Meet The Badass Transgender Talk Show Host Who Wants To Be China’s Most Influential Woman

SHANGHAI – They call her “poison tongue.” Jin Xing has verbally bitch-slapped TV hosts, stormed off sets and carved out a reputation as a straight-talker who does things her own way.

“My words aren’t like massage oil – they’re like acupuncture needles,” Jin Xing (pronounced “jeen shing”) told The WorldPost. “They go right to the nerve and twist it.”

9 Transgender Men of Color You Should Know

“These men are using their life experiences to make a lasting impact on the transgender community.

Janet Mock’s advocacy and activism. Laverne Cox’s rise to fame in Orange Is the New Black. Even Caitlyn Jenner’s recent Vanity Fair cover. All eyes are on these trailblazing transgender women who have helped to highlight the people and issues surrounding the trans community. But what about the often less visible faces of transgender men of color?

Here are just nine of the many trans men of color who are advocates, writers, ministers, scholars and entertainers making a lasting impact in the lesbian, gay, bisexual, transgender and queer space.”

Read the full piece here

10 Backhanded Compliments You Should Never Give Trans Folks

Despite the rise in awareness of trans issues, people still say some pretty offensive things. Trans people shouldn’t have to reassure people that it’s OK to wear bright pink lipstick, combat boots and have visible body hair all at the same time.+

Here are 10 things you just shouldn’t say to us:

1. “I never would have known you were trans.”

Well, clearly. There’s not just one way for a trans person to look. It’s also not necessarily a compliment to comment on how well someone “passes,” because it insinuates that if you had known you might have treated me differently. (And if that’s the case … get your stuff together!)

Read more.

2 Year Manniversary: Visibility Matters.

“The most beautiful moments always seemed to accelerate and slip beyond one’s grasp just when you want to hold onto them for as long as possible.”

                   Here I am, February 19, 2015 celebrating another year of observing, learning, and growing. I’ve had my ups and my downs. I’ve gone through puberty at 25. My body continues to adjust. I’m adapting to my smile appearing larger in photos as my facial structure widens. I call this my awkward “maturing” phase, (similar to the one I had back in college). I celebrate the abundance of lessons bestowed upon me and the wisdom I’ve acquired. This year’s most important lesson is that visibility matters.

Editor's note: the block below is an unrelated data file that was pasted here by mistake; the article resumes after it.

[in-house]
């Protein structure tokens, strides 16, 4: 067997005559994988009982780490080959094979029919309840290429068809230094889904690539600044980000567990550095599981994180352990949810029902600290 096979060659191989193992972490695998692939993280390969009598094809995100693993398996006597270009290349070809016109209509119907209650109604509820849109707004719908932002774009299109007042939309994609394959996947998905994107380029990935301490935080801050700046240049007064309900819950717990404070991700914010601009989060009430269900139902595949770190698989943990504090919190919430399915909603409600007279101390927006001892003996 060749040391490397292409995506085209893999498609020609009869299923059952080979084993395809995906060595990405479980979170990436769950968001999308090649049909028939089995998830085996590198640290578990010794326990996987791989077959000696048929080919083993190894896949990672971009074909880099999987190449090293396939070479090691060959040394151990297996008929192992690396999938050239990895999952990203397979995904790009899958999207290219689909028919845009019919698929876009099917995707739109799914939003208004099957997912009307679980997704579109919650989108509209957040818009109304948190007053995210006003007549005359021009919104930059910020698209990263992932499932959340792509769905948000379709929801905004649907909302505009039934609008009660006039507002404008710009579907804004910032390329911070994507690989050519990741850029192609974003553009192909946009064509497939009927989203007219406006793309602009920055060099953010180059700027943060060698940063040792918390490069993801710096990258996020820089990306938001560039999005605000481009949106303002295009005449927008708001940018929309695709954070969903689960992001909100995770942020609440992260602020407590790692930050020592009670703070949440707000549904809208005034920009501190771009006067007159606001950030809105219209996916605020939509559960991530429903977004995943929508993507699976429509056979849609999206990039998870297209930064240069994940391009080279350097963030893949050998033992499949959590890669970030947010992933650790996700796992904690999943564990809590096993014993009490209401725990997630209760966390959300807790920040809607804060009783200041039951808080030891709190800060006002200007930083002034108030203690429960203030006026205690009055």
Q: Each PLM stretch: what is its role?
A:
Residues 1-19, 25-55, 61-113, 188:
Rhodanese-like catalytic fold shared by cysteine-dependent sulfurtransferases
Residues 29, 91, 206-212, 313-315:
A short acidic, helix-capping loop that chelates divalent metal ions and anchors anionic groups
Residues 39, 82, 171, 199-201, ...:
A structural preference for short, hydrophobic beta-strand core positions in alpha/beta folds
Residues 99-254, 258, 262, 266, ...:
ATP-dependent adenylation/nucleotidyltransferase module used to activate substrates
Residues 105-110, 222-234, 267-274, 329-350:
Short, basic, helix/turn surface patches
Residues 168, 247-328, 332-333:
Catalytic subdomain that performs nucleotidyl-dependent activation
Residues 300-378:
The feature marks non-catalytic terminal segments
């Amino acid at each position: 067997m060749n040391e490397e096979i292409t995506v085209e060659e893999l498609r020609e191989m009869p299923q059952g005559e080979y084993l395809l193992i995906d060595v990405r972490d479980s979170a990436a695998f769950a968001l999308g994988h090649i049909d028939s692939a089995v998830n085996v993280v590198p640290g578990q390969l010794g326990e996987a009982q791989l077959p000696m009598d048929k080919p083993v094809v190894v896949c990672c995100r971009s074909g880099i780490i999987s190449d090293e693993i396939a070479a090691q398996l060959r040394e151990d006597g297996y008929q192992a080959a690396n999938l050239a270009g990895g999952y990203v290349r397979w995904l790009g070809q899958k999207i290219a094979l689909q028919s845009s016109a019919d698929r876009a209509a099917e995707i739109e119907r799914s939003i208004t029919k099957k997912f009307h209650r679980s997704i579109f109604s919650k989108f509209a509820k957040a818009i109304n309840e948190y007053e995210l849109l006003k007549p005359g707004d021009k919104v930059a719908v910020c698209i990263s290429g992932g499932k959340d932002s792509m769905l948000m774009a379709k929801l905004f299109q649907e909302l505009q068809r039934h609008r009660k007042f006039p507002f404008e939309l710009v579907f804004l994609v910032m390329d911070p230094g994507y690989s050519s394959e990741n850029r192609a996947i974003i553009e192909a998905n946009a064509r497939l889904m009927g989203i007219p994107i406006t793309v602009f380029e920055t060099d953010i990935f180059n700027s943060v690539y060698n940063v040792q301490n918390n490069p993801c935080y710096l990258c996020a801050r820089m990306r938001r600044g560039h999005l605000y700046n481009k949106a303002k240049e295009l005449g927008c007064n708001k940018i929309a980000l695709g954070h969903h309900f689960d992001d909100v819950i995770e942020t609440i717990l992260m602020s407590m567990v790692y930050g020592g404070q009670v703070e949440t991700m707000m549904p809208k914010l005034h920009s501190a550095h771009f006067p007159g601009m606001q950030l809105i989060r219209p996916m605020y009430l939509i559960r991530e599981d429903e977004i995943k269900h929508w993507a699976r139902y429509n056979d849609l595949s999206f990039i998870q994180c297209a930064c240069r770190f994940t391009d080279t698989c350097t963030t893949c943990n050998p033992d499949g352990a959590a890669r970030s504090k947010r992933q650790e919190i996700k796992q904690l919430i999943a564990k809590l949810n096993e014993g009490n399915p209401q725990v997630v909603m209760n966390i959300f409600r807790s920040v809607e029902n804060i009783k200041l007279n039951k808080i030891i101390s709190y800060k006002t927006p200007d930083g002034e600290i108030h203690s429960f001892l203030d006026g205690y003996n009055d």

When I first began writing this blog, I intended to convey to friends and family why I needed to transition. I thought perhaps writing could provide insight as to what travels through the minds of people similar to me. I hoped those around me could learn a thing or two to ease the transition for all of us. I had no clue the blog could extent beyond my immediate social circle, and even compel others to think differently. I had no idea this blog could help so many other genderfluid people in their transitions. I did not expect my words to help others grasp onto concepts that may have previously been incomprehensible and enlighten strangers about transgender issues. I was naive to the idea that my words could prevent a trans* person from committing sucide or prevent another individual murdering from a transgender person.

         I am now cognizant of the power behind positive words and images to eradicate ignorance, deconstruct social norms, and generate positive ideas about trans*gender people. Visibility is extremely important.

When 6 trans* women of color (in the U.S.) are murdered in the first two months of the year…

<center> Visibility matters </c>

When journalist continue to dangerously cover these murders by using incorrect pronouns and gender…

                                             Visibility matters

When media pokes fun at transgender people in movies and on prime time television

                                              Visibility matters

When media continues to negatively focus on alleged transition(s) of celebrities…

                                              Visibility matters

When children or teenagers feel they must take their own lives because their families refuse to acknowledge their identity, abuse them, or constrain them with religious doctrines and other social stigmas….

                                                Visibility Matters.

             I will continue to write. I don’t know what depths of the universe my words may reach, but I do hope that they can better a soul, change a mind, or transform hate into love.

Today I celebrate another year of life, another year living as me, and another year of visibility. Nonetheless, today is not just a celebration for me nor it is a celebration of me. I celebrate the lives of black people. I celebrate the lives trans* people. I celebrate the lives of trans* women. I celebrate the lives of black, trans* women who change the world each day simply by breathing, living, and existing. Visibility shouldn’t have to come at the heels of another death or another murder. Everyday should can be a celebration for all trans* lives.


    “The most violent element in society is ignorance.” Emma Goldman